While that obviously hasn’t worked out, that doesn’t mean Christmas has to be canceled. Hong Kong retailers, businesses and artists alike have banded together to bring an immersive and innovative festive season to people all over the world – using the power of technology.
Take a 360-degree virtual tour of Hong Kong’s festive Central Business District
Hong Kong’s Christmas celebrations are widely considered to be some of the best in the region, with vibrant Christmas markets, stunning displays, fun activities and more. The Hong Kong WinterFest, an annual fixture organised by the Hong Kong Tourism Board, has been a major tourist draw each year – and although visitors might not be able to attend physically this year, they can still expect a veritable wonderland through their screens.
Go on a tour of Christmas Town – a snow-kissed virtual CBD based on Hong Kong’s very own Central Business District – which ‘starts’ off at Statue Square, a historic public space in the heart of Central. From there, visitors are free to choose their own adventure: you can learn how to make festive DIY crafts such as aromatic wreaths, ornaments, pop-up holiday cards or candle holders via video tutorials, download holiday-themed Whatsapp stickers designed by famous Hong Kong illustrator like Din Dong, Dustykid and Messy Deck, or tune in to beautiful Christmas carols. If you prefer to just soak in the sights of the CBD’s iconic skyscrapers (which will be all decked out for the holidays), a towering tree and festive Christmas lodges, let Uncle Siu – a popular English educator known for his charming voice – lead you through the innovative 360-degree experience, and make fun, interactive stops along the way.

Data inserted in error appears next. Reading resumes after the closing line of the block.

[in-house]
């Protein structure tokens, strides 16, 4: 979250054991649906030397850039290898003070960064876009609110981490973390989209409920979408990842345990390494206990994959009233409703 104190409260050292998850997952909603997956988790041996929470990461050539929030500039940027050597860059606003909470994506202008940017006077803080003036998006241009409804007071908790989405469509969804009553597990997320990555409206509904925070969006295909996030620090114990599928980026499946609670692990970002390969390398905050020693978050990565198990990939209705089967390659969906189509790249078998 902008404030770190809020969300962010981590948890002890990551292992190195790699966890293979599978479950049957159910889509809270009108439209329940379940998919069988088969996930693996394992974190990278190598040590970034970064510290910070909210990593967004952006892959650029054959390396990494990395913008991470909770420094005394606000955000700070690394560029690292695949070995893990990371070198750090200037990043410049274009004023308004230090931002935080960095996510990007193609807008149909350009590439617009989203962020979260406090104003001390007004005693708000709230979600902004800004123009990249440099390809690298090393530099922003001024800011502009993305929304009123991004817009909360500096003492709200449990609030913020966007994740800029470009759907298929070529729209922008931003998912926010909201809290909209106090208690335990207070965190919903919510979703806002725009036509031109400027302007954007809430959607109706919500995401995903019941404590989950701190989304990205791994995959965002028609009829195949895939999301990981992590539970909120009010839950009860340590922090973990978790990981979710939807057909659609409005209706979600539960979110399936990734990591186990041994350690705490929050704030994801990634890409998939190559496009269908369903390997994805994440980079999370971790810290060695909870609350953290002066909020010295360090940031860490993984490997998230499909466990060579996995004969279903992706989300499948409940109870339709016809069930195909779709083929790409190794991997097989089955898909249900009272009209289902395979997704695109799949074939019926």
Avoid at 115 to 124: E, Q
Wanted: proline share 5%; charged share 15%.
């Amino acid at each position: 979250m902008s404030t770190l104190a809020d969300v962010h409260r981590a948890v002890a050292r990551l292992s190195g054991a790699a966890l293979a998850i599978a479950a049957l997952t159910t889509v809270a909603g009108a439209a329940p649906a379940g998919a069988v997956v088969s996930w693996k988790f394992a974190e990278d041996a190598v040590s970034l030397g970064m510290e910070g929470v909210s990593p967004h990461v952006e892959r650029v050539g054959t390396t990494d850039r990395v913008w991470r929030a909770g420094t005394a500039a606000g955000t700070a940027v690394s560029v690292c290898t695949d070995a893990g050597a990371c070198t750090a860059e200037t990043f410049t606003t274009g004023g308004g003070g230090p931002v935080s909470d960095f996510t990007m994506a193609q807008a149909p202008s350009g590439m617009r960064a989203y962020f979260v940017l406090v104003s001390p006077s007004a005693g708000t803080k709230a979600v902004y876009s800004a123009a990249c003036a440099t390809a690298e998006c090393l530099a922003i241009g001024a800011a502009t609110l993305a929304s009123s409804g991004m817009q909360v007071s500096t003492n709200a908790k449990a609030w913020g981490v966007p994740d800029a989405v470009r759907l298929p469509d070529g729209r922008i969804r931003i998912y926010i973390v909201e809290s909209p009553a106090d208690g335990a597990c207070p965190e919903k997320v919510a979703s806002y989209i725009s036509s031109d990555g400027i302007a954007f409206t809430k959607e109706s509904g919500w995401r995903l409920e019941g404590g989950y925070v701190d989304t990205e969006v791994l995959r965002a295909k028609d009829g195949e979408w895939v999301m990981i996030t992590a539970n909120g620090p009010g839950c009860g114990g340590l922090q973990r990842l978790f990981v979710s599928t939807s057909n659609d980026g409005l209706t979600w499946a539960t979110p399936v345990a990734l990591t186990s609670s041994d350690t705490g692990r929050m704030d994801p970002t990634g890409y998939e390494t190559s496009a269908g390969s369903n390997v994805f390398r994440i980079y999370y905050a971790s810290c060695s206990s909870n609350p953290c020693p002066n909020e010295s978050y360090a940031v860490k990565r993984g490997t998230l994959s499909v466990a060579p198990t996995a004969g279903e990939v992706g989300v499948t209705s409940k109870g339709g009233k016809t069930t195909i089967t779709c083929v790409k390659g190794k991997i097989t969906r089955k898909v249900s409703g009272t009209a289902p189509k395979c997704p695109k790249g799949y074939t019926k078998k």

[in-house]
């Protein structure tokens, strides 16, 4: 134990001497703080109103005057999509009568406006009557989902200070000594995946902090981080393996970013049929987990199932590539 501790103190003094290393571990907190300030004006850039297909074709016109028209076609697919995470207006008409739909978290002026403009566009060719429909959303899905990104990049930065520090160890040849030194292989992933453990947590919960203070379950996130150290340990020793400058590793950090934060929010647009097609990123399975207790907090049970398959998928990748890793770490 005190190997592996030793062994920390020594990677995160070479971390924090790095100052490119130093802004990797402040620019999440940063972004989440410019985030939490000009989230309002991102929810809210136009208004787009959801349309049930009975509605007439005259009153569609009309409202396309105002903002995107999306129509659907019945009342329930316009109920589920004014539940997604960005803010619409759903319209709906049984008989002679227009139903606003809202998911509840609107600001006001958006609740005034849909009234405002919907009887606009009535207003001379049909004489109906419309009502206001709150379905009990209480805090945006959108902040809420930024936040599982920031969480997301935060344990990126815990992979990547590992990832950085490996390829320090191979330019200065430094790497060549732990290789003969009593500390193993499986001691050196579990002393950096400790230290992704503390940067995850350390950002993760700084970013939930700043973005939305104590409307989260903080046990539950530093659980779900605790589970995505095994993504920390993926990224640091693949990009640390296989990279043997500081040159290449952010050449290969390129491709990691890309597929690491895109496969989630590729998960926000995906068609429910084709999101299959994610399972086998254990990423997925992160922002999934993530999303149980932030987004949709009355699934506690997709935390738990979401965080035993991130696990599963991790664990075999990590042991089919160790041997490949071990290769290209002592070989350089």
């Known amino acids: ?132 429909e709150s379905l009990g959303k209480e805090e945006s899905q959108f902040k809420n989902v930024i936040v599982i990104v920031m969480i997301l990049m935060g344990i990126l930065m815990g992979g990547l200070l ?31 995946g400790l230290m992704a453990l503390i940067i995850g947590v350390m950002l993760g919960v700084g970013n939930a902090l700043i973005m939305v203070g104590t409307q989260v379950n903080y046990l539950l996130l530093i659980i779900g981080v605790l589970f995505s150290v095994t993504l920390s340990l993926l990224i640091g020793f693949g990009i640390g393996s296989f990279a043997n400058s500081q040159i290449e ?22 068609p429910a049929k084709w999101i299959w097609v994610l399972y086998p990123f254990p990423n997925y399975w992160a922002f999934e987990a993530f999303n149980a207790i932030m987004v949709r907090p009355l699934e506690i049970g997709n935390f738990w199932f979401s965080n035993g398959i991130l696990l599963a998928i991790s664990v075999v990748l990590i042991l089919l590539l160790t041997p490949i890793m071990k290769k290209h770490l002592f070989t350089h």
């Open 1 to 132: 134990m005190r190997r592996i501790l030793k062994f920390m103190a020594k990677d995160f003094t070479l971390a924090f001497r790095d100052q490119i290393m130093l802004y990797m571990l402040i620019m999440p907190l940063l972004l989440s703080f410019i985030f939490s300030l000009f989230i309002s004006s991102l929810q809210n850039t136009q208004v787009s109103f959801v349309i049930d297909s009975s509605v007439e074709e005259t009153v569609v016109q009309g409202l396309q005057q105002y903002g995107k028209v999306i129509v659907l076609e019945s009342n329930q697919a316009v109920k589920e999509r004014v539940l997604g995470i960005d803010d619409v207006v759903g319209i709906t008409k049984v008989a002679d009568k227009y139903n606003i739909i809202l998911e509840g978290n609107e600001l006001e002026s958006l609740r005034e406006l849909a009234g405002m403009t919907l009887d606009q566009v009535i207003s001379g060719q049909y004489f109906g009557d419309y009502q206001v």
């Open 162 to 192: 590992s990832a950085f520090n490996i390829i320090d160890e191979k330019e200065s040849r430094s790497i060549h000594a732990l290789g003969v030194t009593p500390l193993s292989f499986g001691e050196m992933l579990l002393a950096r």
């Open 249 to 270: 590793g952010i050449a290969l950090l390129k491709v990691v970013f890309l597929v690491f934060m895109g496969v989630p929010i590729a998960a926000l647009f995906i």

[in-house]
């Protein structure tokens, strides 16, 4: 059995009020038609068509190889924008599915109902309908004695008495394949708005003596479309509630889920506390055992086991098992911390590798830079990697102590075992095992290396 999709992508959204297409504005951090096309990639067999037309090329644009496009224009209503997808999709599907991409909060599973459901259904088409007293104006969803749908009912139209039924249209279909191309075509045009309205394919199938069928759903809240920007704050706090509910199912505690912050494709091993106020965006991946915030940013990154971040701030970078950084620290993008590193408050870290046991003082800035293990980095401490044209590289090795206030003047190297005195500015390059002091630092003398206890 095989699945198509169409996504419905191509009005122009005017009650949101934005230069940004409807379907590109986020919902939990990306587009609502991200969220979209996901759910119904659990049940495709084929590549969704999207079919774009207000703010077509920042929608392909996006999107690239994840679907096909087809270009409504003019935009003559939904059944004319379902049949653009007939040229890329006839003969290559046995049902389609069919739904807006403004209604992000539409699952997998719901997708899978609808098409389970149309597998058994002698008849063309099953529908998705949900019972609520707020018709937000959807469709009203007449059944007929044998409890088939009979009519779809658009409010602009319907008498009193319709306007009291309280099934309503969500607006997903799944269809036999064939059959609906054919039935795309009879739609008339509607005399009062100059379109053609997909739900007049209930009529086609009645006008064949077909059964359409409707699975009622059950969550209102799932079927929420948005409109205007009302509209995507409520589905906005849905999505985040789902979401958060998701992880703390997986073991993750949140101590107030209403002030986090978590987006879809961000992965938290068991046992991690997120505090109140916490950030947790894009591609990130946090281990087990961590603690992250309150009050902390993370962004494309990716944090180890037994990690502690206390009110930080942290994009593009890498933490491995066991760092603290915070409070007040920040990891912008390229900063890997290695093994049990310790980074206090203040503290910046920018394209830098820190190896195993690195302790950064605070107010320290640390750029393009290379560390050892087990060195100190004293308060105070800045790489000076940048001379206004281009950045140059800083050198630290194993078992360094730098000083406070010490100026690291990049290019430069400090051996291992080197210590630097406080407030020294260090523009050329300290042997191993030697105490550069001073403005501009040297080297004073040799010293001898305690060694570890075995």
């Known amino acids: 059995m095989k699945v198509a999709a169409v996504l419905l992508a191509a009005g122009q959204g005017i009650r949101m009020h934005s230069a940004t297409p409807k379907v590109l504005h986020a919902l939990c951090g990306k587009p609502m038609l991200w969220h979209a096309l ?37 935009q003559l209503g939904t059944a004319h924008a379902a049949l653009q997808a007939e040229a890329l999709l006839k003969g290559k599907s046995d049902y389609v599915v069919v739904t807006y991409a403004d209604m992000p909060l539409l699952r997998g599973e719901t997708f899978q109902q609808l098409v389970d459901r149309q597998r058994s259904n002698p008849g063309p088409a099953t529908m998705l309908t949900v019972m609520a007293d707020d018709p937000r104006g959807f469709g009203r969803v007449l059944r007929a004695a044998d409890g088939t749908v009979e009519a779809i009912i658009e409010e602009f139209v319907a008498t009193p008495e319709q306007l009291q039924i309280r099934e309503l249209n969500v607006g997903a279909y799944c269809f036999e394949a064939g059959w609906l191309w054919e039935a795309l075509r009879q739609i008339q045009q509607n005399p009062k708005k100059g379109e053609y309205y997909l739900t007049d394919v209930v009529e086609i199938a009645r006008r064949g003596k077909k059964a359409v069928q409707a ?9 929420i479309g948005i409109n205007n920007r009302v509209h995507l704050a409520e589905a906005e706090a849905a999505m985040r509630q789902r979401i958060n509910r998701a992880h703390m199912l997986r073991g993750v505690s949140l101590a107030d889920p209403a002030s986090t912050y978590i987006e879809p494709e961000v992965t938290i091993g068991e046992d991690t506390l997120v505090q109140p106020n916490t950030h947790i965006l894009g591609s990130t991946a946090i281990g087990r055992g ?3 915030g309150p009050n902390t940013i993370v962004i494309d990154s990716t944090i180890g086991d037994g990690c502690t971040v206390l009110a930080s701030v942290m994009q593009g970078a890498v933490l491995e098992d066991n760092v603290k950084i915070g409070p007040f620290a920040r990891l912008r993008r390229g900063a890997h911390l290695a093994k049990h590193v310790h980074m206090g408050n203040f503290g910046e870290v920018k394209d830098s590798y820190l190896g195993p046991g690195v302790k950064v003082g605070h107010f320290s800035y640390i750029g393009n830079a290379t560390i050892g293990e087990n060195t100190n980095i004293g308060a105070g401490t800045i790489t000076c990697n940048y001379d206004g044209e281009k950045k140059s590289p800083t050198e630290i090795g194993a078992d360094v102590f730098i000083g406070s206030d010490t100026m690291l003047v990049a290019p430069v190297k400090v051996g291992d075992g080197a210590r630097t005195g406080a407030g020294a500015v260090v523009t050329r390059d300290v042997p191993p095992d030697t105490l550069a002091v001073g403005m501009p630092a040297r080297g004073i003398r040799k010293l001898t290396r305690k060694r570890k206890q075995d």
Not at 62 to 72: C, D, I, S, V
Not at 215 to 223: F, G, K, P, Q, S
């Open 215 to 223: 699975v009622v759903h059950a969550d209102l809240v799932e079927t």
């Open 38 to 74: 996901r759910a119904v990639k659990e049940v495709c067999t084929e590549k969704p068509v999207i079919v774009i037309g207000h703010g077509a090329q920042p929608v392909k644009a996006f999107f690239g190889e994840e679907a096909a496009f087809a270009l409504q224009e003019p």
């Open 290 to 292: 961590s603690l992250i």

The world’s first “AI Butterflies Illuminating Interactive Art”
Enter a playground of light at Lee Tung Avenue in Wan Chai, where a seven-metre-tall, stained-glass butterfly and over 350 little LED butterflies have taken up residence. Dubbed “Butterflies of Hope,” it is the world’s first AI-powered butterfly art installation, created to inspire, uplift and remind visitors of the hope, love, beauty and positivity we have in this world.
If you are in Hong Kong, afternoon is the best time to visit, as the glass installation refracts natural light onto the ground, painting the boulevard in a myriad of colours. Evenings are a magical affair, with a music-and-light symphony that sees the butterflies taking flight as they ‘dance’ to the sound of music using artificial intelligence.
The Lee Tung Avenue atrium is also home to a stunning, 12-metre-tall Christmas tree, with some powerful special effects. Combining touchless interactive technology and a special shadow projection technique, the tree projects butterflies onto the clothes of visitors – a feat of art and technology.
Get lost in the Asia debut of Globoscope, a light showcase from France
K11 MUSEA, a new cultural-retail destination and arts hub on the Tsim Sha Tsui promenade, has turned up the Christmas spirit this year with A Very MUSEA Christmas Village. The village spreads joy and wonderment with a roster of artistic cultural experiences, including the Asia debut of Globoscope.
Created by Collectif Coin, a renowned French art lab, the site-specific immersive light show stretches across the Bohemian Garden, a roof-top open space. A 20-minute private experience can be reserved to enjoy the surreal, sensory light exhibit with family or friends. It’s a sight to behold: Glowing spheres dance and swirl in choreographed light movements, while the dramatic Hong Kong skyline shines in the distance.
Adding to the festive vibes is K11 MUSEA’s gorgeous Christmas Forest, featuring glistening golden trees in the mall’s atrium. Also not to be missed is a special Santa Muse Parade and a Christmas Market.
“Christmas Every Day” goes high tech with virtual Santa Meet & Greets